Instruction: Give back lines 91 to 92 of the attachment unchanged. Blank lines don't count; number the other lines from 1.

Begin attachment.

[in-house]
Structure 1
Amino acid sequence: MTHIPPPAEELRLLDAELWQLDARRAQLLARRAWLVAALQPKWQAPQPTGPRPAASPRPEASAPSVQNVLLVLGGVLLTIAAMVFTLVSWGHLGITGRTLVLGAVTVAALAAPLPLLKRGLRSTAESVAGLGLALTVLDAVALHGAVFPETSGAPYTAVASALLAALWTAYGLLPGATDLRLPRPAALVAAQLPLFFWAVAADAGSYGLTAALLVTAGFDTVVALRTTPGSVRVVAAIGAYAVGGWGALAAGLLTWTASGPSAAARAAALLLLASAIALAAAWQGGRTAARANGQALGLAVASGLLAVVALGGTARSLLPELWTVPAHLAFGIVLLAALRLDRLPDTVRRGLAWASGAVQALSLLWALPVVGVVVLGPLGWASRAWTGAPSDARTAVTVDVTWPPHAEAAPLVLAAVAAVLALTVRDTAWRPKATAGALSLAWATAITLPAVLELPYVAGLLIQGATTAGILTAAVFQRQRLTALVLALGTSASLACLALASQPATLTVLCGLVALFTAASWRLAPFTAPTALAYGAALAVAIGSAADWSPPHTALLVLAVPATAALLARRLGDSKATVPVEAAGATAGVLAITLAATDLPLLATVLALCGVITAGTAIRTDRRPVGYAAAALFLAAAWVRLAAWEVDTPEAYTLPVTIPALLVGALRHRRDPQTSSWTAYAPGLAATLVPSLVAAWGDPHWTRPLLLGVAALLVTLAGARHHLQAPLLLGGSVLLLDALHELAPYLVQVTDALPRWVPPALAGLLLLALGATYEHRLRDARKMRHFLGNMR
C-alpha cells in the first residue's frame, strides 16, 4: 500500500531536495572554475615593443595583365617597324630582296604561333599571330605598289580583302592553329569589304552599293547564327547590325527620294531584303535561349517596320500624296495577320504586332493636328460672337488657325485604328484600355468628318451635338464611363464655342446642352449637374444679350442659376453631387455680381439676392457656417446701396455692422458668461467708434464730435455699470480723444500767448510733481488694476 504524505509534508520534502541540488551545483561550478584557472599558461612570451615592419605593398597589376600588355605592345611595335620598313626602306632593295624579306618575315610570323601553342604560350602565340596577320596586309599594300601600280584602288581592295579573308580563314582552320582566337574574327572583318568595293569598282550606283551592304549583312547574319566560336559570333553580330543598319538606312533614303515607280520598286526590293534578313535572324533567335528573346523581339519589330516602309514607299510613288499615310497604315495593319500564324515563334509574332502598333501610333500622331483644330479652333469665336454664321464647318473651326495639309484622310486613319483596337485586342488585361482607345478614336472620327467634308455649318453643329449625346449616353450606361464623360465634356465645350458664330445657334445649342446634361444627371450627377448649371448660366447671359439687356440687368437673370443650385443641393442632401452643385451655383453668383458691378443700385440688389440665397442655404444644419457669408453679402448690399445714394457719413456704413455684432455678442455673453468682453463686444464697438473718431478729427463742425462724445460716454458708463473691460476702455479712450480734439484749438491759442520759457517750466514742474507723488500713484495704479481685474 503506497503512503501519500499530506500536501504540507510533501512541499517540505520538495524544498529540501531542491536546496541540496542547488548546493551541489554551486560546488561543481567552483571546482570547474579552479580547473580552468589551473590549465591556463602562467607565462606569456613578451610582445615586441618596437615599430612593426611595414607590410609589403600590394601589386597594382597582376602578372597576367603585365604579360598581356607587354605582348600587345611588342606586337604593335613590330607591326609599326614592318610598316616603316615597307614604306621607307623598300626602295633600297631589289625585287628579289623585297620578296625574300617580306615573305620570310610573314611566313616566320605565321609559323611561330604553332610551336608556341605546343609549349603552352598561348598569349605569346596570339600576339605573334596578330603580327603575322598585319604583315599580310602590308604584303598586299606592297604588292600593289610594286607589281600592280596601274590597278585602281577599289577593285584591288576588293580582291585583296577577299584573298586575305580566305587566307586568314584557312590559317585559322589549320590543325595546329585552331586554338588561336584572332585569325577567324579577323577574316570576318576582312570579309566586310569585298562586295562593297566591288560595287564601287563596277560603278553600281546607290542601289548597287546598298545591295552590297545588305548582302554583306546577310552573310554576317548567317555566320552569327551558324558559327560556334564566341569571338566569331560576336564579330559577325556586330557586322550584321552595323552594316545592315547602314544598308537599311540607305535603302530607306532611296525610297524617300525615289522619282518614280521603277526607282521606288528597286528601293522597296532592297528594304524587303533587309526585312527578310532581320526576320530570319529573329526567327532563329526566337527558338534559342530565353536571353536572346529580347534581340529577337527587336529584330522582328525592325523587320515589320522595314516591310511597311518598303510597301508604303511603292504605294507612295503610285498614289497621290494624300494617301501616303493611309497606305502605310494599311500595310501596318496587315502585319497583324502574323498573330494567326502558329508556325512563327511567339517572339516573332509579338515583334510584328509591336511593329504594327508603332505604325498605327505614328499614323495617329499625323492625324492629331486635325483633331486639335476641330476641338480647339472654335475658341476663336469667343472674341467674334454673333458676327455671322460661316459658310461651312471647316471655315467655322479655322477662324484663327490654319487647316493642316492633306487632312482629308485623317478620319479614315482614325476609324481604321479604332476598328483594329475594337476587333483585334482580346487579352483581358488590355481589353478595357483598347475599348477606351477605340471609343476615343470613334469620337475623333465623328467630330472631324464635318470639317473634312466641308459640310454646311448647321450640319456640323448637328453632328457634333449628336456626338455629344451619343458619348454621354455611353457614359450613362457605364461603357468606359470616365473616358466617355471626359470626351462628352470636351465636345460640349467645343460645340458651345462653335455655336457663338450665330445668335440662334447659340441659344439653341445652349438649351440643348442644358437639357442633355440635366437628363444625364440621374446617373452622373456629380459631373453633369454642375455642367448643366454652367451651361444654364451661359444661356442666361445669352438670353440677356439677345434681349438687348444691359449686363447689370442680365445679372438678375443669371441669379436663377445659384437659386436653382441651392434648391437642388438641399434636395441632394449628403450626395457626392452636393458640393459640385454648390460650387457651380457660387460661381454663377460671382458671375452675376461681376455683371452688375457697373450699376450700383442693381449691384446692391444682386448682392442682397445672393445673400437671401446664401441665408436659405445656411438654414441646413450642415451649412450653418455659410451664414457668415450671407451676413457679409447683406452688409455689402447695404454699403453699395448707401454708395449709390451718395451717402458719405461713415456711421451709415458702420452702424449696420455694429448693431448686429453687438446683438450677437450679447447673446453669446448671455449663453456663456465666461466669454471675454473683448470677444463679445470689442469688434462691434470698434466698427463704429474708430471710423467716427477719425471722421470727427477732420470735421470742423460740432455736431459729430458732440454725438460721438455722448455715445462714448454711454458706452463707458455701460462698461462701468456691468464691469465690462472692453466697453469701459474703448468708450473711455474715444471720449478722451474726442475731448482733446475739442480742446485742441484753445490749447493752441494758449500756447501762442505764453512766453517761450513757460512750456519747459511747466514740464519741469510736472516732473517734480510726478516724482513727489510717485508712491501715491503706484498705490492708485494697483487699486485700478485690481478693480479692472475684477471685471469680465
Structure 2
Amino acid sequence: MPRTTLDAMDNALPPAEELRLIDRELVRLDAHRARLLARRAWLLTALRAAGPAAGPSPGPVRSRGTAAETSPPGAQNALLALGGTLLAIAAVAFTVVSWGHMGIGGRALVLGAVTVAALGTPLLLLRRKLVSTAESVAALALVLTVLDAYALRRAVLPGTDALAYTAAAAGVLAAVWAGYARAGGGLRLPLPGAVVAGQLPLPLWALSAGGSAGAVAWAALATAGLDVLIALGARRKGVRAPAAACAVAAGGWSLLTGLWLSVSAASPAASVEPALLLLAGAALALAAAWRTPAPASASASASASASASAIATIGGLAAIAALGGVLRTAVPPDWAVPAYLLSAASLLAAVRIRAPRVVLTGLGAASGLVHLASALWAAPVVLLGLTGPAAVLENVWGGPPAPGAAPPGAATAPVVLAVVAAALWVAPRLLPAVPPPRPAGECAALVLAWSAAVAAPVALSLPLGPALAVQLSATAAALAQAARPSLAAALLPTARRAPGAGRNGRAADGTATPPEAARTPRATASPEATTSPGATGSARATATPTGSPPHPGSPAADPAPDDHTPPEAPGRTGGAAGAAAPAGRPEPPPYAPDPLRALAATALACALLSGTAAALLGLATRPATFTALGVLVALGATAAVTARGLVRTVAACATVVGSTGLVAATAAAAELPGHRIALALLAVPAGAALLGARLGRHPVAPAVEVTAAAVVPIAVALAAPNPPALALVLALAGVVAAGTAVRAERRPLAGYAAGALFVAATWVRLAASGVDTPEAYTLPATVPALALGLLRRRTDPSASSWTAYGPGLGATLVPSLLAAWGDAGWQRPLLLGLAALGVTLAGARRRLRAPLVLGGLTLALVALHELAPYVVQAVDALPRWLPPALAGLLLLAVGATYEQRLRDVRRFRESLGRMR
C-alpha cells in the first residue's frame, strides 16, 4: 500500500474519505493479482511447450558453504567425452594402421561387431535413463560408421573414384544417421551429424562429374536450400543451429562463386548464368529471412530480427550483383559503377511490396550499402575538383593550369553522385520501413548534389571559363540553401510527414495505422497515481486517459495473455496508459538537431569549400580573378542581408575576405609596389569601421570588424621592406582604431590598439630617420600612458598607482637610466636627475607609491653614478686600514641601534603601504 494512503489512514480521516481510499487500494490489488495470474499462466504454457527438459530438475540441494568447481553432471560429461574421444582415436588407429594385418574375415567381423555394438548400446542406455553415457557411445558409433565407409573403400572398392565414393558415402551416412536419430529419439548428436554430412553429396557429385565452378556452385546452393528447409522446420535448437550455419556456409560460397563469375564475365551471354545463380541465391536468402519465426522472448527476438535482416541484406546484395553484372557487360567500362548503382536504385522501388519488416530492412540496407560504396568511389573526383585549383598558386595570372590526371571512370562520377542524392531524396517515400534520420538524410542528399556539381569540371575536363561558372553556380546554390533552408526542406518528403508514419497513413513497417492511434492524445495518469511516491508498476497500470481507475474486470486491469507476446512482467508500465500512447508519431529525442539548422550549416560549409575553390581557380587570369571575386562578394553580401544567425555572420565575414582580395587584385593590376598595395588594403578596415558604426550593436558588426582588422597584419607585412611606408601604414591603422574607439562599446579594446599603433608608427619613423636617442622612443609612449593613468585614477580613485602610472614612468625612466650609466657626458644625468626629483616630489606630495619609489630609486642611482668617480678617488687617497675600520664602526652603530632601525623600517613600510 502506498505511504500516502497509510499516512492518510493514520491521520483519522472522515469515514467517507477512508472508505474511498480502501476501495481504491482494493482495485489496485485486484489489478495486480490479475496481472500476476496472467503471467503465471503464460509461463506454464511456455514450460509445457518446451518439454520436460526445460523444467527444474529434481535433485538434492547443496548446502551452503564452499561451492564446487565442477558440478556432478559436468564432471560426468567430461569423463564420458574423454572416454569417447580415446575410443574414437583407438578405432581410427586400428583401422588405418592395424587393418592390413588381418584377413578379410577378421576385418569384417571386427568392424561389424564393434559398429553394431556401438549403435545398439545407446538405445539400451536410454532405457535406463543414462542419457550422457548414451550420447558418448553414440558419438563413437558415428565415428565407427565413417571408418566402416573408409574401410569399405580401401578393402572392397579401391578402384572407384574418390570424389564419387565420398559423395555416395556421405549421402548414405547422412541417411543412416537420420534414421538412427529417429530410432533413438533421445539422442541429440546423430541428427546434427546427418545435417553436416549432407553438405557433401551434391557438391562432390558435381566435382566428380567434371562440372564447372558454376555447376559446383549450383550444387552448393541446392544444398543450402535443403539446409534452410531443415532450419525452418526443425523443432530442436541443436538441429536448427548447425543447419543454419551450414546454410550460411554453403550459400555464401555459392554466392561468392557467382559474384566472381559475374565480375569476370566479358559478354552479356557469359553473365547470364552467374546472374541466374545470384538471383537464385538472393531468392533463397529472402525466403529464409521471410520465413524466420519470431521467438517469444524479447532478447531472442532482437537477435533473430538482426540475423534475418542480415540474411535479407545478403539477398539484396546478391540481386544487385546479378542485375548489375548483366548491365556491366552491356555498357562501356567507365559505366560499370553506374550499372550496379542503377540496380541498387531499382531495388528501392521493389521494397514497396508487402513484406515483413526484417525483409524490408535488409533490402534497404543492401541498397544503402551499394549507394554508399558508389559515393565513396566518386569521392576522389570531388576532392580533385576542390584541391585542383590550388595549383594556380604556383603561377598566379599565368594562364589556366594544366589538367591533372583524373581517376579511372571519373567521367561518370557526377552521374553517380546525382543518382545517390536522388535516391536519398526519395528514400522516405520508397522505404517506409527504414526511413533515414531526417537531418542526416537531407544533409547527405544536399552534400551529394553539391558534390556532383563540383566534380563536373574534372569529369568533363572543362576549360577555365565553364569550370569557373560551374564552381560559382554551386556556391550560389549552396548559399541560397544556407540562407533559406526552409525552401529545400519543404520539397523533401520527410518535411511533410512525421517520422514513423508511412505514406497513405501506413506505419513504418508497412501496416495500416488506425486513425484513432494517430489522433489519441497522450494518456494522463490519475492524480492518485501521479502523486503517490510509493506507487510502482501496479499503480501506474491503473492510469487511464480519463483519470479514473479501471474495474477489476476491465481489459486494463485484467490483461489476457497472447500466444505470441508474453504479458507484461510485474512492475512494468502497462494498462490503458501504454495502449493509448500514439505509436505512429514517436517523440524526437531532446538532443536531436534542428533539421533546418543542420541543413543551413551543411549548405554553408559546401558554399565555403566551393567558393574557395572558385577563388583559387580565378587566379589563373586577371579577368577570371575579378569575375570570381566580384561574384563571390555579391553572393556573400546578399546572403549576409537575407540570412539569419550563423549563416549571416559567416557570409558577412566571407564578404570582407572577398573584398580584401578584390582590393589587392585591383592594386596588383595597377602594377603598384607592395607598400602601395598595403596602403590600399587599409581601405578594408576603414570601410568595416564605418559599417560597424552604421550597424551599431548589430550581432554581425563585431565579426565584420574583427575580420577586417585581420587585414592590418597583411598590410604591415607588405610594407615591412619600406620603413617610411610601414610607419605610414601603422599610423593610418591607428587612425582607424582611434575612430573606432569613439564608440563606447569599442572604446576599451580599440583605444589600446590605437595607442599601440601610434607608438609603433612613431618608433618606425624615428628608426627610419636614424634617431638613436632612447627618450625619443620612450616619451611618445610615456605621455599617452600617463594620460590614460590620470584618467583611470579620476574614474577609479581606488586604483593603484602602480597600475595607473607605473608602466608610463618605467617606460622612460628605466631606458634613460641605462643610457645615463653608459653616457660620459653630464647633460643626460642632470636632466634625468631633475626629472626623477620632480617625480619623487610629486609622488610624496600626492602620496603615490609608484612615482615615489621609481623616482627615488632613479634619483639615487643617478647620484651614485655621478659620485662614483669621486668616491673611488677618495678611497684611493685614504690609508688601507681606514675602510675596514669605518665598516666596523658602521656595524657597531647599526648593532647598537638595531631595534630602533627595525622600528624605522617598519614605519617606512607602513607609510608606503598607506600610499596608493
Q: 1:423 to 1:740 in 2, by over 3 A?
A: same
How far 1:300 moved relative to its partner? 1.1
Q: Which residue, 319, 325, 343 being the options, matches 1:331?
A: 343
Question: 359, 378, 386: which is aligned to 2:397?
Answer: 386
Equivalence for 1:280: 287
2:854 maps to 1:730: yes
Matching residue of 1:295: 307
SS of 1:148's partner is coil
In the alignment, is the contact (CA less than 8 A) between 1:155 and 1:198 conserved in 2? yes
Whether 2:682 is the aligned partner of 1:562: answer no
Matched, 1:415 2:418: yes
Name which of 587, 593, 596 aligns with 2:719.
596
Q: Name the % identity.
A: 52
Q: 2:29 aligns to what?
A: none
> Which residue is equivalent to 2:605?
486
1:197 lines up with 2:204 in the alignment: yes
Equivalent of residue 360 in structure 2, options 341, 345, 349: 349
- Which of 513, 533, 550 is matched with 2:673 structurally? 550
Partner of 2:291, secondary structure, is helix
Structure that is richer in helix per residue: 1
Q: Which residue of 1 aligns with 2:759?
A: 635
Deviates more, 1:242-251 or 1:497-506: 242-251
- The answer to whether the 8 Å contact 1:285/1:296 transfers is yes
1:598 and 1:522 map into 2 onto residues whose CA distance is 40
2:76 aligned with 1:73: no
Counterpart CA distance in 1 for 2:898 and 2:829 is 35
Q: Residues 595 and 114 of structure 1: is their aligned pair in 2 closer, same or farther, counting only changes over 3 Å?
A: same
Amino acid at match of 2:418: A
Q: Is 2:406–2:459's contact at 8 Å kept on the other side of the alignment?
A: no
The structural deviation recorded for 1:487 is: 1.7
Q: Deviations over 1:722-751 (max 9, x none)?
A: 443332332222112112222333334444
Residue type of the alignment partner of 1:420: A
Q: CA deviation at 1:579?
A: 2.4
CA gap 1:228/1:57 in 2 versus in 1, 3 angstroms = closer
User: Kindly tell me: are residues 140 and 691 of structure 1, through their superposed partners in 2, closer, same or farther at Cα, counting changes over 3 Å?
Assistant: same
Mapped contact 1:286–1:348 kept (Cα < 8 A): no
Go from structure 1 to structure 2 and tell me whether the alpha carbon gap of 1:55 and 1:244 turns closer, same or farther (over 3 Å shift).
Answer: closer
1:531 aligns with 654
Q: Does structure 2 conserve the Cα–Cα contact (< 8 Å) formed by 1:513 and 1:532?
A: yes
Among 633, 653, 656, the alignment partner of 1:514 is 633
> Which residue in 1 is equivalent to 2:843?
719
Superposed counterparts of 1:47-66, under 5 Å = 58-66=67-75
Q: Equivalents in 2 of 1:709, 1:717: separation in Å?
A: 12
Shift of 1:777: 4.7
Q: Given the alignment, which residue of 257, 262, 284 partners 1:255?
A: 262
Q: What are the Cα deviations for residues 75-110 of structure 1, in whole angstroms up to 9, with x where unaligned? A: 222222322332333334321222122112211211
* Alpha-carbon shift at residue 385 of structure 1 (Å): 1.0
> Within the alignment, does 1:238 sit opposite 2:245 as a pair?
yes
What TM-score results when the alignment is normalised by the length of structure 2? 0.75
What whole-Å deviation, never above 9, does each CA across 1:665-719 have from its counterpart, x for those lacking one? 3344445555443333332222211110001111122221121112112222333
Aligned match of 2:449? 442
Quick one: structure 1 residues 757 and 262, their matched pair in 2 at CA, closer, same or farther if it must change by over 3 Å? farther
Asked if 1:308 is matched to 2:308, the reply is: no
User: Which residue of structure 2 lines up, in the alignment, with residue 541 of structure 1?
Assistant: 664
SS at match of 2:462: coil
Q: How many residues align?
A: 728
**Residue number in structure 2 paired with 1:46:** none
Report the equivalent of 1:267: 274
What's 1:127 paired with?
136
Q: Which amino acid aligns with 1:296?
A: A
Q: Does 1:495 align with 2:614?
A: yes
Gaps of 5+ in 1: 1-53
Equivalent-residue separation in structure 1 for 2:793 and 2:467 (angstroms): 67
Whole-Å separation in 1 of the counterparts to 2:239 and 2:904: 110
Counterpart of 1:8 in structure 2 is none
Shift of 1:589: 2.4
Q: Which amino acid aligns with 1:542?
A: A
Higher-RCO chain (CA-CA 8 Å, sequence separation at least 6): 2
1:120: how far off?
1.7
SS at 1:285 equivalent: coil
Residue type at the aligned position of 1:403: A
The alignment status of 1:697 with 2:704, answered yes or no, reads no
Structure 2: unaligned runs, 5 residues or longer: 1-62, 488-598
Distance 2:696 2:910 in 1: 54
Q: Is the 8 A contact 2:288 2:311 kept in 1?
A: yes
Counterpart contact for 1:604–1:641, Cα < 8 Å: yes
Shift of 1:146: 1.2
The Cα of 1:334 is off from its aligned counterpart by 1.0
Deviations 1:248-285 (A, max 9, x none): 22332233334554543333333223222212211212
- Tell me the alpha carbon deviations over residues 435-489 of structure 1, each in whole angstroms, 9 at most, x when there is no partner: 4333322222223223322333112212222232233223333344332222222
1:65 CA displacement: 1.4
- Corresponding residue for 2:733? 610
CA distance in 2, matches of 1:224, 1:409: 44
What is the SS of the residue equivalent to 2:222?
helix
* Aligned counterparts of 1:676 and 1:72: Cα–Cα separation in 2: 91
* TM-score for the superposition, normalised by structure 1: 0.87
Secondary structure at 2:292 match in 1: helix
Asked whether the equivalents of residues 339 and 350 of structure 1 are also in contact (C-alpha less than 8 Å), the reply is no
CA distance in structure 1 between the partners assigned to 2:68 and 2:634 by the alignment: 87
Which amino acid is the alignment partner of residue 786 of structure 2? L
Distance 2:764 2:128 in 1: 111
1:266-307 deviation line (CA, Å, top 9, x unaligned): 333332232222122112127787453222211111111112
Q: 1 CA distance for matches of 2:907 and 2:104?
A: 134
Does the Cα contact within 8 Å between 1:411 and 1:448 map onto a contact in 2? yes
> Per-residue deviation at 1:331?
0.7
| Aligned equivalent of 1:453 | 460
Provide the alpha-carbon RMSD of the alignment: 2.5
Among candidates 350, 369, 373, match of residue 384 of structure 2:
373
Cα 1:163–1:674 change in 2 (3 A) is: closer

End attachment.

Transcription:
Q: Does 1:495 align with 2:614?
A: yes